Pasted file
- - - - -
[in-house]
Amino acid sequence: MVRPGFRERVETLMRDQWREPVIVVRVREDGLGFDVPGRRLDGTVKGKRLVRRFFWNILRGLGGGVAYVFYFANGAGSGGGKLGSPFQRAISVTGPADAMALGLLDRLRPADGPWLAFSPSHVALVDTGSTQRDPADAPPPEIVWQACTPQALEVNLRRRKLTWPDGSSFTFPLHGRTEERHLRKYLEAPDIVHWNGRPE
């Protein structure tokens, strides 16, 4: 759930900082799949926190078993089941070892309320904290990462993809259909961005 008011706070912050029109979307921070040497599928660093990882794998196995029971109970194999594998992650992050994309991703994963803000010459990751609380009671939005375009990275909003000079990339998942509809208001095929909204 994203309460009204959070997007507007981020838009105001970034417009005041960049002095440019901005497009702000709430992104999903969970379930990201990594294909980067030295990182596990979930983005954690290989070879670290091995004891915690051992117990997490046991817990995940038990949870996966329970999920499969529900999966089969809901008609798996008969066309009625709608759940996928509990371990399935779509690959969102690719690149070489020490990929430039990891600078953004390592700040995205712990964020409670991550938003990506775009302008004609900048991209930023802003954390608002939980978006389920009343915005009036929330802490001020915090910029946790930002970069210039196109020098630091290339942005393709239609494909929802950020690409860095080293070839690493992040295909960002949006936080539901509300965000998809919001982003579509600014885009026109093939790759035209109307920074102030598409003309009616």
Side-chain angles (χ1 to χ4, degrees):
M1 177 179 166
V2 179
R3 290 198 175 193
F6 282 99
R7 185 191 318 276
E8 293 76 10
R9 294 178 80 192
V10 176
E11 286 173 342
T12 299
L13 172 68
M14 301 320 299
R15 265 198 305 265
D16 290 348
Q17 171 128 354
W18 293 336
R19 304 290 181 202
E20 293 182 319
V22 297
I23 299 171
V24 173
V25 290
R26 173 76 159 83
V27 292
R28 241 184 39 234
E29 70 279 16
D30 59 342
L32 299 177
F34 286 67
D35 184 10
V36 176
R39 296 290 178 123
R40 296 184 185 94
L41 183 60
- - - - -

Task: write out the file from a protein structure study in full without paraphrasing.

[in-house]
Amino acid sequence: MVRPGFRERVETLMRDQWREPVIVVRVREDGLGFDVPGRRLDGTVKGKRLVRRFFWNILRGLGGGVAYVFYFANGAGSGGGKLGSPFQRAISVTGPADAMALGLLDRLRPADGPWLAFSPSHVALVDTGSTQRDPADAPPPEIVWQACTPQALEVNLRRRKLTWPDGSSFTFPLHGRTEERHLRKYLEAPDIVHWNGRPE
């Protein structure tokens, strides 16, 4: 759930900082799949926190078993089941070892309320904290990462993809259909961005 008011706070912050029109979307921070040497599928660093990882794998196995029971109970194999594998992650992050994309991703994963803000010459990751609380009671939005375009990275909003000079990339998942509809208001095929909204 994203309460009204959070997007507007981020838009105001970034417009005041960049002095440019901005497009702000709430992104999903969970379930990201990594294909980067030295990182596990979930983005954690290989070879670290091995004891915690051992117990997490046991817990995940038990949870996966329970999920499969529900999966089969809901008609798996008969066309009625709608759940996928509990371990399935779509690959969102690719690149070489020490990929430039990891600078953004390592700040995205712990964020409670991550938003990506775009302008004609900048991209930023802003954390608002939980978006389920009343915005009036929330802490001020915090910029946790930002970069210039196109020098630091290339942005393709239609494909929802950020690409860095080293070839690493992040295909960002949006936080539901509300965000998809919001982003579509600014885009026109093939790759035209109307920074102030598409003309009616």
Side-chain angles (χ1 to χ4, degrees):
M1 177 179 166
V2 179
R3 290 198 175 193
F6 282 99
R7 185 191 318 276
E8 293 76 10
R9 294 178 80 192
V10 176
E11 286 173 342
T12 299
L13 172 68
M14 301 320 299
R15 265 198 305 265
D16 290 348
Q17 171 128 354
W18 293 336
R19 304 290 181 202
E20 293 182 319
V22 297
I23 299 171
V24 173
V25 290
R26 173 76 159 83
V27 292
R28 241 184 39 234
E29 70 279 16
D30 59 342
L32 299 177
F34 286 67
D35 184 10
V36 176
R39 296 290 178 123
R40 296 184 185 94
L41 183 60